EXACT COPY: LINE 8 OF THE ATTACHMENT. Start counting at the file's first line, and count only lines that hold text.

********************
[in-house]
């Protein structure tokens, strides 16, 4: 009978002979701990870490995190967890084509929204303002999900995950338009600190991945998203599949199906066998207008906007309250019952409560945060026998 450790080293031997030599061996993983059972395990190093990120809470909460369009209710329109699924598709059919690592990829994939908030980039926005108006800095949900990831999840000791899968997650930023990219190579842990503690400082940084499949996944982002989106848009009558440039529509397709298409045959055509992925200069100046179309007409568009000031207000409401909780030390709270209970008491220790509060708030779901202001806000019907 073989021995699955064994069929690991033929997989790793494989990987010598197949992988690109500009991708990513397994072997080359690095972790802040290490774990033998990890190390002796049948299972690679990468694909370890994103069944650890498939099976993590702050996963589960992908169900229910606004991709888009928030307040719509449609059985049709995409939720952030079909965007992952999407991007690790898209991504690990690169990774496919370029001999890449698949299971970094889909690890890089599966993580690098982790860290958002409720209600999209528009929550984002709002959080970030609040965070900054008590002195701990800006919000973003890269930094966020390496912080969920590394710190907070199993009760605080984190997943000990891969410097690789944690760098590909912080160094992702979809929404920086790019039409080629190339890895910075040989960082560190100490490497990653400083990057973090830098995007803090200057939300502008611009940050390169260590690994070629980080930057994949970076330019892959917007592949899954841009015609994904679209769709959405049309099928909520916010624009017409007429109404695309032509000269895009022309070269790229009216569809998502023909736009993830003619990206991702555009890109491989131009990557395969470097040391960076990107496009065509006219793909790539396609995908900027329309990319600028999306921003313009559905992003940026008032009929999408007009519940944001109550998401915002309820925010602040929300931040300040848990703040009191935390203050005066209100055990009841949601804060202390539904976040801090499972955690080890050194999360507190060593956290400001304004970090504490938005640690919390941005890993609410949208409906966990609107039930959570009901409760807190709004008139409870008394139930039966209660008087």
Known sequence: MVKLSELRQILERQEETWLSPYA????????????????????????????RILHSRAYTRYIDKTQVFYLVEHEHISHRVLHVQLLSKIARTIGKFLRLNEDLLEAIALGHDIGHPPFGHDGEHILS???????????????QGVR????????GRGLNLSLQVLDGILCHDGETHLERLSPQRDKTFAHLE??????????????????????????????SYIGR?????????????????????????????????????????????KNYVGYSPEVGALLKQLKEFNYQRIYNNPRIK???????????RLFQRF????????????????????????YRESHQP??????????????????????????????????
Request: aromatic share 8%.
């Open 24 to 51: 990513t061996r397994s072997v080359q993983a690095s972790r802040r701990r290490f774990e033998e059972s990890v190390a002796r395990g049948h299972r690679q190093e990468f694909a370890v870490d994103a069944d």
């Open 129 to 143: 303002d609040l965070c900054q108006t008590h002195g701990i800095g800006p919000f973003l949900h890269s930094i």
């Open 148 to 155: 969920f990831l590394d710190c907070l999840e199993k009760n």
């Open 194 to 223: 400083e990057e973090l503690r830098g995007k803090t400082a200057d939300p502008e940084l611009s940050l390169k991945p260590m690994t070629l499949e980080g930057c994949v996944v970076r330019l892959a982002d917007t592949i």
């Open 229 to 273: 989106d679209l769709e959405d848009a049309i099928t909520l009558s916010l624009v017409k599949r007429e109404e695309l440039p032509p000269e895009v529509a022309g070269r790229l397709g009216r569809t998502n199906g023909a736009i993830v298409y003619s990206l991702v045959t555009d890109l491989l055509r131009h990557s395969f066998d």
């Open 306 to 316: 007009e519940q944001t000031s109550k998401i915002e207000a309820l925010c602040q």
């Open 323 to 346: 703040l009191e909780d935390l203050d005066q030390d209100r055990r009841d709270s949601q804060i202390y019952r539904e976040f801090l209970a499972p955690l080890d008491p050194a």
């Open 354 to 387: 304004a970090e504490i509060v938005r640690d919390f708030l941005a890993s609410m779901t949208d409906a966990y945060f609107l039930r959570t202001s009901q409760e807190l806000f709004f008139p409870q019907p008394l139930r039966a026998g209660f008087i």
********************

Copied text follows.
């Open 194 to 223: 400083e990057e973090l503690r830098g995007k803090t400082a200057d939300p502008e940084l611009s940050l390169k991945p260590m690994t070629l499949e980080g930057c994949v996944v970076r330019l892959a982002d917007t592949i």